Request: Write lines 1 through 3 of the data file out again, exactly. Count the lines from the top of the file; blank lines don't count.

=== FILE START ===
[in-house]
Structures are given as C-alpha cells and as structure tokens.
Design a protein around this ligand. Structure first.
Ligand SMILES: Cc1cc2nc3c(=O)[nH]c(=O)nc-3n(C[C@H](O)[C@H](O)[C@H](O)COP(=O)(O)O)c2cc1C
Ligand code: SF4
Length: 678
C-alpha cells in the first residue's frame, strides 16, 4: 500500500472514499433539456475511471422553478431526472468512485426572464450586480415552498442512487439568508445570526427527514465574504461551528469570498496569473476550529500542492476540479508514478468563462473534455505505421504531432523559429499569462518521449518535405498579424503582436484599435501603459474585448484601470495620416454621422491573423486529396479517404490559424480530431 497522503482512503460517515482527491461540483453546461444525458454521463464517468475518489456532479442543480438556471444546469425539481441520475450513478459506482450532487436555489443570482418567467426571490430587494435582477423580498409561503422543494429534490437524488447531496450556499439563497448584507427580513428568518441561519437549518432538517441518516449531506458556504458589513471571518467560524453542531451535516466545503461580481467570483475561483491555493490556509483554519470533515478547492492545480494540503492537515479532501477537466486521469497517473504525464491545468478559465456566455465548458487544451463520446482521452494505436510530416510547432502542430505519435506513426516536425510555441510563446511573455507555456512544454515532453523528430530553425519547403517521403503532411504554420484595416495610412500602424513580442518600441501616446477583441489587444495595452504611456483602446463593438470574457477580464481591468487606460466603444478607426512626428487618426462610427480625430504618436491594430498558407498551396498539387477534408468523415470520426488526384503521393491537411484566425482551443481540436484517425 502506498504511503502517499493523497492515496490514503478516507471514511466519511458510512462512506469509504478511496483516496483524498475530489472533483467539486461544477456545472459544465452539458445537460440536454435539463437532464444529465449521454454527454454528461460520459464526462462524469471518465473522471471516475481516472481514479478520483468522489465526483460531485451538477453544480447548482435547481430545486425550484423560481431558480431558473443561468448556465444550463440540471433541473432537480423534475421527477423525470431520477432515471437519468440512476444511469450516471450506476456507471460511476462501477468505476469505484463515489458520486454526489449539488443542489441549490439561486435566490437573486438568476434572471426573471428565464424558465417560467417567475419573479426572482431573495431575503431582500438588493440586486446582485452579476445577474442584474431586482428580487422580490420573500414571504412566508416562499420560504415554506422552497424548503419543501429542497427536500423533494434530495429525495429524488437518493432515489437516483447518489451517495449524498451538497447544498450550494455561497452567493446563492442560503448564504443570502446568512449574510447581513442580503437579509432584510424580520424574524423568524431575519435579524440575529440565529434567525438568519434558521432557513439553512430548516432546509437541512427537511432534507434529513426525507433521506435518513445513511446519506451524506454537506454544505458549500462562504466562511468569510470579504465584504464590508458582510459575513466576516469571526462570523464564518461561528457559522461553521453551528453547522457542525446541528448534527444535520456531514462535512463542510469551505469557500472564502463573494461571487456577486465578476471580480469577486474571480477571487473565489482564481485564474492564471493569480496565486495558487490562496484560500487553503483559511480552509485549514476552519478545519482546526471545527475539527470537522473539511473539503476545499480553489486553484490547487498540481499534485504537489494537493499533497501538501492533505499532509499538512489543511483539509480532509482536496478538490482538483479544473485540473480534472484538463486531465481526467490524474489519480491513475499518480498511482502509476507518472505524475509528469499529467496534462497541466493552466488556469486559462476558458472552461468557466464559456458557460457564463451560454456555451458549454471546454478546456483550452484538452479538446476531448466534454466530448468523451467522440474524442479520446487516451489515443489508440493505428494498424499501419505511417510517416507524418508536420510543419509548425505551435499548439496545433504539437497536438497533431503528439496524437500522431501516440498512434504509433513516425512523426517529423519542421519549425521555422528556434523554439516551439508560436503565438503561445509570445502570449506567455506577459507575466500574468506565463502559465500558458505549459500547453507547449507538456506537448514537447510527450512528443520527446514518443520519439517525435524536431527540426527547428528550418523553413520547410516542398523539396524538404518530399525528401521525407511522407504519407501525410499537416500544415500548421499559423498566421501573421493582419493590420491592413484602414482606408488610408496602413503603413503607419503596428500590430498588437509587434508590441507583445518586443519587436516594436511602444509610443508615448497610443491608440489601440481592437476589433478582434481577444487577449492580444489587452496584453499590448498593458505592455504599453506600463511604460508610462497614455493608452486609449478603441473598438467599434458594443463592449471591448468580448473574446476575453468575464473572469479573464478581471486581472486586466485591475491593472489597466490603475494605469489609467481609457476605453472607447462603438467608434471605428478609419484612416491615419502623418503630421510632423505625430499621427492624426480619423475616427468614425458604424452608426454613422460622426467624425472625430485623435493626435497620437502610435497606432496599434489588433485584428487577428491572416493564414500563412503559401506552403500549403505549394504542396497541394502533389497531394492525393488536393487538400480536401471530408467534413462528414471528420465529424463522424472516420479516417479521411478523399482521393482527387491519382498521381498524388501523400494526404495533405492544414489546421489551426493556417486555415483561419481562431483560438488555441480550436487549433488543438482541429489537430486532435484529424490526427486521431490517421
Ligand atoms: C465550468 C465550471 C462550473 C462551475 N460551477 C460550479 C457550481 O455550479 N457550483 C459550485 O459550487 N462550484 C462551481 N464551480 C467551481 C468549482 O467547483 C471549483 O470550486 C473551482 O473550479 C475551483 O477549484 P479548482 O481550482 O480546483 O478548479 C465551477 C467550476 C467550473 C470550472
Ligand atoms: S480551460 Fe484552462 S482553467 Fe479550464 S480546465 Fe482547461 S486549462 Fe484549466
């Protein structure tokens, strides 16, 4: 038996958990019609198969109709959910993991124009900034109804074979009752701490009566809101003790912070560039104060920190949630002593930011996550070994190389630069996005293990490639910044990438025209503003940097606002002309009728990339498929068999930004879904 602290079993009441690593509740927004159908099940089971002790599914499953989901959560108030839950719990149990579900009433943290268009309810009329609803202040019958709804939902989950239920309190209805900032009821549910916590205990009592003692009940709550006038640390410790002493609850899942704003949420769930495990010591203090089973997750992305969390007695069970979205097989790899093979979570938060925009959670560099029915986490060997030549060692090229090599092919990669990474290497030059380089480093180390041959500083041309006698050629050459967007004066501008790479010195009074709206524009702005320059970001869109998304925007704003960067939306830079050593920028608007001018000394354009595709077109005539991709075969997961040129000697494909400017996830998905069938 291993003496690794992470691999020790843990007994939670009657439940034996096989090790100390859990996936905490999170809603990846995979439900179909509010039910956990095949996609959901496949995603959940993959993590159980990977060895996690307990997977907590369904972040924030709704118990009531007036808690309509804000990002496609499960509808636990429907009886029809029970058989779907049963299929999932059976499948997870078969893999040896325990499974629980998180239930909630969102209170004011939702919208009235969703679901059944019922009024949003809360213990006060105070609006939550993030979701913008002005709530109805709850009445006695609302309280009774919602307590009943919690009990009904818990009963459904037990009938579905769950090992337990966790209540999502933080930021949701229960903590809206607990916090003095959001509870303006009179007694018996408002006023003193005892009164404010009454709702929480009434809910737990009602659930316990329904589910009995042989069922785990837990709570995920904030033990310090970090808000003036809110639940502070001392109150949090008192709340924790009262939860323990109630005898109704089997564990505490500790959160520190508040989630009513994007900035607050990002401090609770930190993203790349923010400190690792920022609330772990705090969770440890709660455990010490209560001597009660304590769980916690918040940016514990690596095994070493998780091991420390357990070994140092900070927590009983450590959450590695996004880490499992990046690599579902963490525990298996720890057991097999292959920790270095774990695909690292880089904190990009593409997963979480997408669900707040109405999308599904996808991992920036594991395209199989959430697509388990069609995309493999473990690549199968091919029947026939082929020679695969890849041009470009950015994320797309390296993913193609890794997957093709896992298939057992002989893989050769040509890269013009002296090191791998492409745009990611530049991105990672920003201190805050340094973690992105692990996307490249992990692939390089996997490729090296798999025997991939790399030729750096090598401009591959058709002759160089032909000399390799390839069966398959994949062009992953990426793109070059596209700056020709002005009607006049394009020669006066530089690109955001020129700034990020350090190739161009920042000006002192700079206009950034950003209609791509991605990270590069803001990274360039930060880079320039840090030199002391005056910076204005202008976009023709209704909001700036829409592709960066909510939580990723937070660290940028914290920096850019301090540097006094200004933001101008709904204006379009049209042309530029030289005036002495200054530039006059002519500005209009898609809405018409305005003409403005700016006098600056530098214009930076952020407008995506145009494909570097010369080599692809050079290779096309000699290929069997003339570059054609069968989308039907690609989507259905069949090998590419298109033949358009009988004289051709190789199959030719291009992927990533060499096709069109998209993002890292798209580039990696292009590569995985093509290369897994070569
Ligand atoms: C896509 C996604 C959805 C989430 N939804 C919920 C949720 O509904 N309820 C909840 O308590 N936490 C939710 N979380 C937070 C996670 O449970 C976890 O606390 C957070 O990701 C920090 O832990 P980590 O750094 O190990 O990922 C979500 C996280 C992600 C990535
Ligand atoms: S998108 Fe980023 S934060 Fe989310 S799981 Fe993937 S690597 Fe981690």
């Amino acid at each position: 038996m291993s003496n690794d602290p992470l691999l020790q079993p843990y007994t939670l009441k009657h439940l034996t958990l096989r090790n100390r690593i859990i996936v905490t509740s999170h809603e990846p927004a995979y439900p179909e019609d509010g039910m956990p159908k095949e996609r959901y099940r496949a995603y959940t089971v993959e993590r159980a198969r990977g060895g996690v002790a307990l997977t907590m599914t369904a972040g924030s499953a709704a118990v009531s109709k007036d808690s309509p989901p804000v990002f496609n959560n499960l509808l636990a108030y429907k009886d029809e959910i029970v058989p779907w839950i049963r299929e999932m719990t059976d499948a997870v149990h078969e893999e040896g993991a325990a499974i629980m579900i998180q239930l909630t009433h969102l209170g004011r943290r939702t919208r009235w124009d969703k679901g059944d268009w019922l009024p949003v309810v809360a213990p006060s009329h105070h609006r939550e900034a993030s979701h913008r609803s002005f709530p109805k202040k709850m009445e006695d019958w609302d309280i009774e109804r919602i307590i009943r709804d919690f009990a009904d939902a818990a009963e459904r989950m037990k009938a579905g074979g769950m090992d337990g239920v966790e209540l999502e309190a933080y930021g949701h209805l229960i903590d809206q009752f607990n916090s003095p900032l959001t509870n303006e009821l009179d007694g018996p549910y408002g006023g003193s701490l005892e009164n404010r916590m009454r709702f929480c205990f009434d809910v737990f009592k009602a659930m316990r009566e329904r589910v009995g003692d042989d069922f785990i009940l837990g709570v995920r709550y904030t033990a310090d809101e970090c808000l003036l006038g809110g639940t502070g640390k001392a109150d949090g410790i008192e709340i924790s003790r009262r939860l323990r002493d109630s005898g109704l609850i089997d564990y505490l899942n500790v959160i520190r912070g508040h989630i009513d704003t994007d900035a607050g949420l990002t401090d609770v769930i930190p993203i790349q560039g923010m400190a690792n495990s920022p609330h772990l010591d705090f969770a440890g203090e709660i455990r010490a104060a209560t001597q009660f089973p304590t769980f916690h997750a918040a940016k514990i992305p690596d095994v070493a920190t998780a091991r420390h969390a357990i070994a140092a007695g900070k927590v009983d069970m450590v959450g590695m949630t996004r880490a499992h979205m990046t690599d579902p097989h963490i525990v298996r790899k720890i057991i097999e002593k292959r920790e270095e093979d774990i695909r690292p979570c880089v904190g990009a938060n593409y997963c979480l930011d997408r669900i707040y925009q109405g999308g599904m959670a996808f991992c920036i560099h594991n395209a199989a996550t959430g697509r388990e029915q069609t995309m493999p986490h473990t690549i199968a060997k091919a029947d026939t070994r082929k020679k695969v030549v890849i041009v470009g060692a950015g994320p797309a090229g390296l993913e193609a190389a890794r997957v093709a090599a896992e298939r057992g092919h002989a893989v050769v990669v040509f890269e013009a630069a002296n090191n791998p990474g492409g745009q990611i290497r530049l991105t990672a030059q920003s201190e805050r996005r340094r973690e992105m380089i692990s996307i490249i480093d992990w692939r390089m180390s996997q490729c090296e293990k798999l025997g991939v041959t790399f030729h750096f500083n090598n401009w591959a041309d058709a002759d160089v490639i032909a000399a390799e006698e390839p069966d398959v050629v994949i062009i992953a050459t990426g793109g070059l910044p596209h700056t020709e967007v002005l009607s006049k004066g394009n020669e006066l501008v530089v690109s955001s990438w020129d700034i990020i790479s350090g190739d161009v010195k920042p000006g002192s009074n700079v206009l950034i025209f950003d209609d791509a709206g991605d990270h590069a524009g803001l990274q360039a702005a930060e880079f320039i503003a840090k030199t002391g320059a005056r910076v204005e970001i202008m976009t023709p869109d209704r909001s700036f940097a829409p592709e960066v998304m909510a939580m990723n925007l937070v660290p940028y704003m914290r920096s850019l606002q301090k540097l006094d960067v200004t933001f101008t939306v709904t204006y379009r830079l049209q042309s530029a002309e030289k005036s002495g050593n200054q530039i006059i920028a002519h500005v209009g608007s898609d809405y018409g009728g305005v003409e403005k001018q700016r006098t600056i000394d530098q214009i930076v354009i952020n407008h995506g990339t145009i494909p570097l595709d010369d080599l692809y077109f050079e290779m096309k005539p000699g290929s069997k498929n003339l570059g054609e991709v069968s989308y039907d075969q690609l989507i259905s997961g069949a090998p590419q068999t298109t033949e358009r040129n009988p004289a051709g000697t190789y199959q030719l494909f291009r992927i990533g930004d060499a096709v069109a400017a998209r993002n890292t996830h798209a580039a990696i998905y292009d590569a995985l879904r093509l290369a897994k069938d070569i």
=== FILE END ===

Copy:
[in-house]
Structures are given as C-alpha cells and as structure tokens.
Design a protein around this ligand. Structure first.